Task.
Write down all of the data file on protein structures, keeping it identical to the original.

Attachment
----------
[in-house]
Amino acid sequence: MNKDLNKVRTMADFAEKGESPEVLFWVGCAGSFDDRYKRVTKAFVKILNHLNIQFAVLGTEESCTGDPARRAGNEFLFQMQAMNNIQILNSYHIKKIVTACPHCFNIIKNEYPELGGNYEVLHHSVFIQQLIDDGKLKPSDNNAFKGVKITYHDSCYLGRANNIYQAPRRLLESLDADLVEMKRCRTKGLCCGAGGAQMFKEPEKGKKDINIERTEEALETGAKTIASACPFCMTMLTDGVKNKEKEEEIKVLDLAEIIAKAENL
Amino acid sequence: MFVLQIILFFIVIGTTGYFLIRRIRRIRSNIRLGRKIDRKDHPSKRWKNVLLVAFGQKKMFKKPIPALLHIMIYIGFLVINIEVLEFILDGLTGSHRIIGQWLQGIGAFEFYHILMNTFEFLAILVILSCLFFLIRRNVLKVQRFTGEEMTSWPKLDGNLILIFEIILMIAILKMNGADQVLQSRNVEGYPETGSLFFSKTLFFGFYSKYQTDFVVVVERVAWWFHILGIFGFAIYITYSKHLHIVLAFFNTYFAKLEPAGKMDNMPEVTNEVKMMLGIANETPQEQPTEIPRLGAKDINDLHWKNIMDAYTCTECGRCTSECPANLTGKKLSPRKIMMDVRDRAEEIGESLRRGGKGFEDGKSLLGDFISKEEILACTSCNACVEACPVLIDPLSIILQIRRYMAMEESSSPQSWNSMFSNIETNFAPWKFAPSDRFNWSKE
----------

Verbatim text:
[in-house]
Amino acid sequence: MNKDLNKVRTMADFAEKGESPEVLFWVGCAGSFDDRYKRVTKAFVKILNHLNIQFAVLGTEESCTGDPARRAGNEFLFQMQAMNNIQILNSYHIKKIVTACPHCFNIIKNEYPELGGNYEVLHHSVFIQQLIDDGKLKPSDNNAFKGVKITYHDSCYLGRANNIYQAPRRLLESLDADLVEMKRCRTKGLCCGAGGAQMFKEPEKGKKDINIERTEEALETGAKTIASACPFCMTMLTDGVKNKEKEEEIKVLDLAEIIAKAENL
Amino acid sequence: MFVLQIILFFIVIGTTGYFLIRRIRRIRSNIRLGRKIDRKDHPSKRWKNVLLVAFGQKKMFKKPIPALLHIMIYIGFLVINIEVLEFILDGLTGSHRIIGQWLQGIGAFEFYHILMNTFEFLAILVILSCLFFLIRRNVLKVQRFTGEEMTSWPKLDGNLILIFEIILMIAILKMNGADQVLQSRNVEGYPETGSLFFSKTLFFGFYSKYQTDFVVVVERVAWWFHILGIFGFAIYITYSKHLHIVLAFFNTYFAKLEPAGKMDNMPEVTNEVKMMLGIANETPQEQPTEIPRLGAKDINDLHWKNIMDAYTCTECGRCTSECPANLTGKKLSPRKIMMDVRDRAEEIGESLRRGGKGFEDGKSLLGDFISKEEILACTSCNACVEACPVLIDPLSIILQIRRYMAMEESSSPQSWNSMFSNIETNFAPWKFAPSDRFNWSKE